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There’s an elephant in the room

There’s an elephant in the room.

Isn’t that a lovely phrase?

It’s meant to say there’s something so big that’s in your sphere of business (or life) that it can no longer be ignored.

For Barack Obama, it’s terrorism.

For David Cameron, it’s the economy.

For Chris Skinner, it’s ubiquitous connectivity.

There are other elephants in my room, but this is the big one in my business life.

And I don’t mean mobile or tablet computing but the everything, everywhere being connected.

Sure, that’s the internet of things, but it goes beyond this to the wireless augmented world of digital reality.

That’s why I keep banging on about focusing upon the customer’s point of existence because you can now track and engage the customer anytime, anywhere.

I also find it funny that I’m still using that phrase: “anytime, anywhere”.

I first used it in the mid-90s when talking about Martini Banking. 

Martini was a drink that was advertised with the slogan: “anytime, anyplace, anywhere, there’s a wonderful world you can share”.

At that time, AT&T who owned NCR had a vision of Martini Life, using the voice of Tom Selleck to talk about anytime, anywhere connectivity.

So this vision of the internet of things, ubiquitous connectivity and everything communicating and transacting is hardly anything new.

And there’s the rub.

Y’see, I’m not looking for the elephant in the room.

By the time it becomes a fully-formed elephant, it’s too late.

Or it would in any other marketplace where barriers to entry are not as high as in banking.

And that is why banking will always be with banks.

In fact, the banks’ elephant in the room is regulation rather than competition or technology.

Regulation is the biggest change factor in banking, rather than new and emerging trends.

Yes, that’s harsh, but new competition can always be copied or acquired.

New technology can always be introduced once proven.

Regulation however, forces change and, in forcing change, can make a bank introduce new technology.

But I’m back with being the technologist in banking, and so I’m always looking for the next big wave of change.

So I was talking about internet banking in the early 1990s, and it became the next big wave of change in the 2000’s.

I was talking about mobile banking a bit in the 1990s, and a lot in the 2000’s and now, in the 2010’s (what is this decade called, the teenies?) it’s here.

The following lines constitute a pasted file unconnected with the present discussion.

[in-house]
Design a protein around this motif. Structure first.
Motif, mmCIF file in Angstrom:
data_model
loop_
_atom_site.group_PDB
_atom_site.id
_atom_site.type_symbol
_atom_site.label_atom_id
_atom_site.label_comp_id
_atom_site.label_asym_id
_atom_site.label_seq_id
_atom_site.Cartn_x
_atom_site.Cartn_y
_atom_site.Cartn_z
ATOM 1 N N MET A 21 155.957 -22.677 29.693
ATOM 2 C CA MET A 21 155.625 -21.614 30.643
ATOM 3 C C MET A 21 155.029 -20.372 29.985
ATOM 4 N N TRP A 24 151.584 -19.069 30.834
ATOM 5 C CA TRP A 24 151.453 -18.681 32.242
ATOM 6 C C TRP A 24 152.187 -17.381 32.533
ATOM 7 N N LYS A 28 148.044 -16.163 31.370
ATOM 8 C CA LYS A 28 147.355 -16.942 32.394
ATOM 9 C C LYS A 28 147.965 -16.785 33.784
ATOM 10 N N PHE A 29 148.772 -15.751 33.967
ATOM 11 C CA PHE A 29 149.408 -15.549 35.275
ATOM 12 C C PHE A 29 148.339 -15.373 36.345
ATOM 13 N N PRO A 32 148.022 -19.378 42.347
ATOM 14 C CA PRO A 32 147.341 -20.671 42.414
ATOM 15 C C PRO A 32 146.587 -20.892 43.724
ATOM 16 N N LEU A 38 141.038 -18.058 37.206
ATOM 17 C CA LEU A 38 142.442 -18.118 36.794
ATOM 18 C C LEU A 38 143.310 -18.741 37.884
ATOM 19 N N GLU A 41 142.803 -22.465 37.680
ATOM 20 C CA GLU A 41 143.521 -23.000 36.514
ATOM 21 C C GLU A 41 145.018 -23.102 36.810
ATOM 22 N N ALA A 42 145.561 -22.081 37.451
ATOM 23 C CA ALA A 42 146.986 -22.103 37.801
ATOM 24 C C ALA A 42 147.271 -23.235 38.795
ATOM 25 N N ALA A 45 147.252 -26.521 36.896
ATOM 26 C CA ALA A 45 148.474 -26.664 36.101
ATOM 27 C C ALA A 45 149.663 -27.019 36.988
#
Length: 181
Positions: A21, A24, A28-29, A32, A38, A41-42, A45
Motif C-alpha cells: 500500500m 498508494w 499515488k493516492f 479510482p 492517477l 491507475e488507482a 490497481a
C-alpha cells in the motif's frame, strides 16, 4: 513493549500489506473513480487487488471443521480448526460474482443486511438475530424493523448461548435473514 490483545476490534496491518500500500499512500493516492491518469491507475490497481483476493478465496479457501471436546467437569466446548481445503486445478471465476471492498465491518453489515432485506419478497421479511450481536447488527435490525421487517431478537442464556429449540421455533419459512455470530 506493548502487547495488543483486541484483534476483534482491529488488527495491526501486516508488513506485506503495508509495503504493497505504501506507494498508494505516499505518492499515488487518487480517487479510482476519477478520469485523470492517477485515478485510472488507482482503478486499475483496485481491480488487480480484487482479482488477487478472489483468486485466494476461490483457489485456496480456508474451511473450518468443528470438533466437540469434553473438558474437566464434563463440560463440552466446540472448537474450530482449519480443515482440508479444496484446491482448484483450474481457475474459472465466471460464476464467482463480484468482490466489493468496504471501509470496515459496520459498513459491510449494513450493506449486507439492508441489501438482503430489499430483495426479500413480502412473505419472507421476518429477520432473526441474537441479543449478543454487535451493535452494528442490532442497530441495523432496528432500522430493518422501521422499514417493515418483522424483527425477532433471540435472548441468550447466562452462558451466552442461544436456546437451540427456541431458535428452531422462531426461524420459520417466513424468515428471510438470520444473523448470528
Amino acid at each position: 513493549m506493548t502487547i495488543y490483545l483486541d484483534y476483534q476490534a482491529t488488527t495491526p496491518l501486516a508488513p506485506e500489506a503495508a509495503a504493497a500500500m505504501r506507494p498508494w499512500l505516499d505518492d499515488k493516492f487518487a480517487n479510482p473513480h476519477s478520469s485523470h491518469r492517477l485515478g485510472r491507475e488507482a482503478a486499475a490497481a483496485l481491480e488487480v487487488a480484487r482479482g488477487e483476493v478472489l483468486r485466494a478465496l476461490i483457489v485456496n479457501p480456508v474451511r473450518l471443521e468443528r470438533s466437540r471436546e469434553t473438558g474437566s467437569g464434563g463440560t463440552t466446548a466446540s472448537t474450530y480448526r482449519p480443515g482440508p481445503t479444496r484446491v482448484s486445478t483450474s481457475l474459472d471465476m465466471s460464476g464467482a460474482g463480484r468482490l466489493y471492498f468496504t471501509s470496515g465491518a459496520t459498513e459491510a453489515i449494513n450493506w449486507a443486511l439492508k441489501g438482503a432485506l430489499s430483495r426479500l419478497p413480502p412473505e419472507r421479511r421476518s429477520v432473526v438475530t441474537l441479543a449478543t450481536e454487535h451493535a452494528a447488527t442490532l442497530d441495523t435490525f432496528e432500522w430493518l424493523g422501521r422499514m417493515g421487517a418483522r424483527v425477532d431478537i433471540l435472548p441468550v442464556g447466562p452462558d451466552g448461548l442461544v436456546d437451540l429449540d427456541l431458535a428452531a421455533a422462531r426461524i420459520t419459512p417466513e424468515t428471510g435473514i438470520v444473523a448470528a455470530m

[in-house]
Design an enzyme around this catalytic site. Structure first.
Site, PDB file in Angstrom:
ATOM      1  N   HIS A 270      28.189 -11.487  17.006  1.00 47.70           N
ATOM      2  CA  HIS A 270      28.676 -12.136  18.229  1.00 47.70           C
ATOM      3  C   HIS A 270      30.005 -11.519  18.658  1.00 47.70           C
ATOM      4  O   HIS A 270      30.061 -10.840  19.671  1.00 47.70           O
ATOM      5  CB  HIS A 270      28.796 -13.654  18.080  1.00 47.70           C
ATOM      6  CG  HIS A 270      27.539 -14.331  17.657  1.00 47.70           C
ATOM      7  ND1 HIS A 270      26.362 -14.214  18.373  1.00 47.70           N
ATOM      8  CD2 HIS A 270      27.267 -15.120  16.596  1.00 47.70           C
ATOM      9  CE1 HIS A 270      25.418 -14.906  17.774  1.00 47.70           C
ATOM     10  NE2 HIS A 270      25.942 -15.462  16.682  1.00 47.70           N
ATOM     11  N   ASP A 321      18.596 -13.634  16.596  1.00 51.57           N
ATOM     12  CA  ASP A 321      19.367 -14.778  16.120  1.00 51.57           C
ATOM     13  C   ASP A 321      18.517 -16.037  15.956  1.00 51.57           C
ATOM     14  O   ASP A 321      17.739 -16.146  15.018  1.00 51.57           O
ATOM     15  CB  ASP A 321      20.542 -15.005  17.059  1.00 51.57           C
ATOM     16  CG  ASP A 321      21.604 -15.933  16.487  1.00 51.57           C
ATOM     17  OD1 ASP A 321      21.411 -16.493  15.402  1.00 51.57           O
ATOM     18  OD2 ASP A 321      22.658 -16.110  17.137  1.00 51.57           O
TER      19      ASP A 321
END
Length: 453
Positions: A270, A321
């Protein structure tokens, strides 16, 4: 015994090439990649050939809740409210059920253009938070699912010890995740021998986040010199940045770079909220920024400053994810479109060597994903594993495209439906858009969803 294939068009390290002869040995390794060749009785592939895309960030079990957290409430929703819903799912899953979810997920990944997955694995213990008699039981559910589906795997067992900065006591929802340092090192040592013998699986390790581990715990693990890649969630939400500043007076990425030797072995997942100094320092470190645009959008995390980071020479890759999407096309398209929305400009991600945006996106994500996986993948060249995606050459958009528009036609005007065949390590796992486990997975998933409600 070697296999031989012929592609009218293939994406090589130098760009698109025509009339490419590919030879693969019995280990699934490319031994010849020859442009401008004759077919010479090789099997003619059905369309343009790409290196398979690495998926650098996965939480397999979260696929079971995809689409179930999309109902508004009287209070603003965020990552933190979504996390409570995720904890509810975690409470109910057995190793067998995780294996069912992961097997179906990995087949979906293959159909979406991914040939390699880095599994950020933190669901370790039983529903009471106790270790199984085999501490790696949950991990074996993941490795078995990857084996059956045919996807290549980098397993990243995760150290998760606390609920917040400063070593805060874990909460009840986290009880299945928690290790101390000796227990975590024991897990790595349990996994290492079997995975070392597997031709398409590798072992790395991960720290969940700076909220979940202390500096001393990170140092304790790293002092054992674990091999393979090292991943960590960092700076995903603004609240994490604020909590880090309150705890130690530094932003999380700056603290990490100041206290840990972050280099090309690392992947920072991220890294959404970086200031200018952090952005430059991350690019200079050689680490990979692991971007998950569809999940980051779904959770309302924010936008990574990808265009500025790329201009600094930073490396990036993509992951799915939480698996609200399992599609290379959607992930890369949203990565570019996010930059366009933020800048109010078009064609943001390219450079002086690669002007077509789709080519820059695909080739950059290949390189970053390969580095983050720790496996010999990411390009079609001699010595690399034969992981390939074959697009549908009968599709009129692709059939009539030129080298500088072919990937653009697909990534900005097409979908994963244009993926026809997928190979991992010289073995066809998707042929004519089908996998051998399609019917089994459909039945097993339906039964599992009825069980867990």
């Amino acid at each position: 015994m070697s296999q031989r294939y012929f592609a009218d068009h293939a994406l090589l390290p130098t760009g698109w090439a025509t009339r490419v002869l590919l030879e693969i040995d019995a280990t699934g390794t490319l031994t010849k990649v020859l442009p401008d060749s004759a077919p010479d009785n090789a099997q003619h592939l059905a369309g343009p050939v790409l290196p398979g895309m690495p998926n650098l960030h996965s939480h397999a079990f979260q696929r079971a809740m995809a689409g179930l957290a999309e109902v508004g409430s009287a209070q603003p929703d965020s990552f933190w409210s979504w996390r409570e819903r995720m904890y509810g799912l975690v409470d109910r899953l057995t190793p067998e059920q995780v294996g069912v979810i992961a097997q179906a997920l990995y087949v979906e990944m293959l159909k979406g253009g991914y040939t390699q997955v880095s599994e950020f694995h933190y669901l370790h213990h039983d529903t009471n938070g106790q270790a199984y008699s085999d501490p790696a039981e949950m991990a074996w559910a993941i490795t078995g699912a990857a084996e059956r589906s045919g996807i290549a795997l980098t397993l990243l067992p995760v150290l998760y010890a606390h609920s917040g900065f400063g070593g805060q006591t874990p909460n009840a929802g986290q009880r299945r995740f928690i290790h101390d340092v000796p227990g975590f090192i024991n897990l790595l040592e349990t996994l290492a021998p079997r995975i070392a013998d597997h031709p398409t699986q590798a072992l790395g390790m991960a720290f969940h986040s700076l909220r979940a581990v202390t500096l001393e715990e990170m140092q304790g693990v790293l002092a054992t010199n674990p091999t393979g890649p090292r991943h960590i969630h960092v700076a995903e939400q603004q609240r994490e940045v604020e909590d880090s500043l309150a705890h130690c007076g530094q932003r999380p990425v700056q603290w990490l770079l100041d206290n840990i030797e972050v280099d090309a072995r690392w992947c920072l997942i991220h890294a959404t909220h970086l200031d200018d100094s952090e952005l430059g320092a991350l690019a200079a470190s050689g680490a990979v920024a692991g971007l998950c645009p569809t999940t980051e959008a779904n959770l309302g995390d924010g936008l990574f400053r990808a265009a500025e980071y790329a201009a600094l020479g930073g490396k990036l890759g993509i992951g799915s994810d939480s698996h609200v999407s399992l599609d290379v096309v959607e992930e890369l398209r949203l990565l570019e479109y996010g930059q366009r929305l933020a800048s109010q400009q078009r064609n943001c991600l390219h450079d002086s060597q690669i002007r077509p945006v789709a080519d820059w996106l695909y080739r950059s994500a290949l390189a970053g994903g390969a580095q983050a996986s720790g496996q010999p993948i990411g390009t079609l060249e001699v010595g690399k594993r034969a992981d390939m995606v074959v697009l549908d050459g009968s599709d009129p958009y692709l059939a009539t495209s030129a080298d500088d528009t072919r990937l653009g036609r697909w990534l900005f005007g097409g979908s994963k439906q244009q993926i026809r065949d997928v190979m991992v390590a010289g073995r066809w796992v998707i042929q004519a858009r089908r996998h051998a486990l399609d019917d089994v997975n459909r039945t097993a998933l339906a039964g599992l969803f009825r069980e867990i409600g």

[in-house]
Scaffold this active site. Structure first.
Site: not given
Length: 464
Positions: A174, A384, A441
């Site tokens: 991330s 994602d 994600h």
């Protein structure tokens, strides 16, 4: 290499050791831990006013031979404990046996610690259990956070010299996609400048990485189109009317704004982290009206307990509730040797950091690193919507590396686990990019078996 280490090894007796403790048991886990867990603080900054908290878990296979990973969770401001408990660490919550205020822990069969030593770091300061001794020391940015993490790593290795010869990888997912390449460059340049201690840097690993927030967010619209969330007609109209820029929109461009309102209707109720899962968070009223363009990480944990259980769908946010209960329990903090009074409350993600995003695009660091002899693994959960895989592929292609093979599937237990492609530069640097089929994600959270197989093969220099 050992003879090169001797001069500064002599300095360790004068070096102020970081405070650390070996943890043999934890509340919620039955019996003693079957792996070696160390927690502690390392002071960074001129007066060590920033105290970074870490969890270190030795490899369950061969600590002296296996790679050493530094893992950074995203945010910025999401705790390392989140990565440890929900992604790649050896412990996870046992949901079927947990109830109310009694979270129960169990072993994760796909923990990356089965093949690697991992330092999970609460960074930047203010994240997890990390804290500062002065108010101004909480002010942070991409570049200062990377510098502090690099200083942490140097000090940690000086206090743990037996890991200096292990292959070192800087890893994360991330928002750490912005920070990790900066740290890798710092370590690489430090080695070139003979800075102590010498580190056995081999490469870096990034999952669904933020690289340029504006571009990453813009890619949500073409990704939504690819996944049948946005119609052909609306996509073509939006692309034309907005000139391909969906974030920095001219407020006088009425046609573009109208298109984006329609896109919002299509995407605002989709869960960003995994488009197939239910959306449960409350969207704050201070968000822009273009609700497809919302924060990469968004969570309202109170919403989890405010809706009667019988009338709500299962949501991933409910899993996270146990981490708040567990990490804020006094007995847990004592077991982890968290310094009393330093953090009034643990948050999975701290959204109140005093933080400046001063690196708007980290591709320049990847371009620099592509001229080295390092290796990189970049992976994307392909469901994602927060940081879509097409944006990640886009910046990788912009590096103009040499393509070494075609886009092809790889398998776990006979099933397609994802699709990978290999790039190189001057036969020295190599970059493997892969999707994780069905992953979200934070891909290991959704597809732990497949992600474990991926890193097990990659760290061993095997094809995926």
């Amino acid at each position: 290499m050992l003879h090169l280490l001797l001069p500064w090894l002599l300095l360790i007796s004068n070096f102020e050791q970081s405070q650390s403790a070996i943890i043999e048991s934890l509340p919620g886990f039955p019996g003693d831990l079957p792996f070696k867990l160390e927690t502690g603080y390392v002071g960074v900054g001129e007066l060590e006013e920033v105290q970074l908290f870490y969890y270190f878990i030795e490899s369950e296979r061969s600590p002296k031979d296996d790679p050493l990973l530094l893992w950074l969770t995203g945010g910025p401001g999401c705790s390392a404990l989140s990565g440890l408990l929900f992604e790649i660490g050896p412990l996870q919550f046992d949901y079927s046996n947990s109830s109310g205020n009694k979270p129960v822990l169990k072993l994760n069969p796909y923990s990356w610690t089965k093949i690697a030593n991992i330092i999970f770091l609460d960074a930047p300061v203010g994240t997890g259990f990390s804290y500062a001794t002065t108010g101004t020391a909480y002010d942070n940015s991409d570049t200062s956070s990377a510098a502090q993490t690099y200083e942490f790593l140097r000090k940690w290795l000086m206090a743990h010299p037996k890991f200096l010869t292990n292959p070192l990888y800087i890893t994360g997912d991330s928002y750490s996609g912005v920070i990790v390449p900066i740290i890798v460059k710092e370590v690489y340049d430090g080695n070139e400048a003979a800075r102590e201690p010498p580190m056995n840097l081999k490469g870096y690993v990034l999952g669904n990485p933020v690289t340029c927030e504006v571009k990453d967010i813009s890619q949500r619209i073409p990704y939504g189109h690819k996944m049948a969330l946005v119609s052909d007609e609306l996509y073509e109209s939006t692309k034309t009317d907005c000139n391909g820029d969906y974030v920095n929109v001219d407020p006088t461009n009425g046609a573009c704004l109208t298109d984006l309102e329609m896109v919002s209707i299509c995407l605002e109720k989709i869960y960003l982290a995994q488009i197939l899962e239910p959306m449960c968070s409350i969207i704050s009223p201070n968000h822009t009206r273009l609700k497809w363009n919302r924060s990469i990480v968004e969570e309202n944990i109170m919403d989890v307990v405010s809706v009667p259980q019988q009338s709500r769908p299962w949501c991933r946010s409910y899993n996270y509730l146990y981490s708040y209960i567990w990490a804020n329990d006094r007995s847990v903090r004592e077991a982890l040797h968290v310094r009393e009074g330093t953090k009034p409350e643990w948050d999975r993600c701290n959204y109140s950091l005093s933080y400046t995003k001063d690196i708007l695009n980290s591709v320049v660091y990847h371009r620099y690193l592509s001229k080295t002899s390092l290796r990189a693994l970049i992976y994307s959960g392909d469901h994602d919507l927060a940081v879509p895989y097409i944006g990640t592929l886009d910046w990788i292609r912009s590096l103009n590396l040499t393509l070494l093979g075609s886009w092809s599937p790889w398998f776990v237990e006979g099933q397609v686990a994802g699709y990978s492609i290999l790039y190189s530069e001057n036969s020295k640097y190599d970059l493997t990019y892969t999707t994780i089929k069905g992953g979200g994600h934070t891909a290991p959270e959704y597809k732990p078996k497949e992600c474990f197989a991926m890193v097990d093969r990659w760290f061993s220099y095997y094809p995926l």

So now I’m talking about the everything, everywhere elephant which will be the big tech driver for the next decade.

And what this everything, everywhere connected world really means is that everything can trade and transact.

Cars, phones, walls, ceilings, books, posters, glass, bricks, babies and even elephants.

When you can put a chip inside anything and everything, you can track, trace, communicate and trade with anything and everything.

And that’s the reason why it’s my elephant in the room, as I’m trying to work out exactly what form of trade and transaction we will be offering and enabling when anything communicates with everything, everywhere.

  • What will be the process?
  • Who will be the providers?
  • How will security and authentication work?
  • When will banks start deploying products and services that leverage this capability?

and so on.

There’s already about 300 new things that I can see happening as a result of these changes, and the list grows every day.

However, I disagree with my friends out there who threaten that the players who will create and provide these new services will be Google, Amazon, Apple and Facebook.

As mentioned, banking has big barriers to entry from capital requirements to compliance to licencing to auditability and more.

For these reasons, banks will continue to be the core providers of transactions, whilst the Google’s, Amazon’s, Apple’s and Facebook’s will partner with them to provide innovations in the everything, everywhere world.

Or that’s my two-penneth worth for today.

Let’s see how we feel tomorrow 😉



About Chris M Skinner

Chris M Skinner

Chris Skinner is best known as an independent commentator on the financial markets through his blog, the Finanser.com, as author of the bestselling book Digital Bank, and Chair of the European networking forum the Financial Services Club. He has been voted one of the most influential people in banking by The Financial Brand (as well as one of the best blogs), a FinTech Titan (Next Bank), one of the Fintech Leaders you need to follow (City AM, Deluxe and Jax Finance), as well as one of the Top 40 most influential people in financial technology by the Wall Street Journal’s Financial News. To learn more click here…

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  • mike riddell

    My bet is that the successor to Bitcoin will be the next big thing and won’t as you say come from Apple or Facebook or America.
    The next killer app, according to Don Tapscott, will be the one for saving the planet.
    The platform that empowers others to self-organise and take collective action to bring about REAL CHANGE will be a currency.

  • Money works via networks and entanglement, in the sense that Bitcoins, Eurodollars and commodity derivative are all ways to weave a value-web, and would be meaningless without the connections. Although a brandname can act as a currency, the network needs a minimal amount of nodes to connect with everything else for the currency to have any sort of value. These nodes are banks… but they don’t have to be, and that is where things get tricky..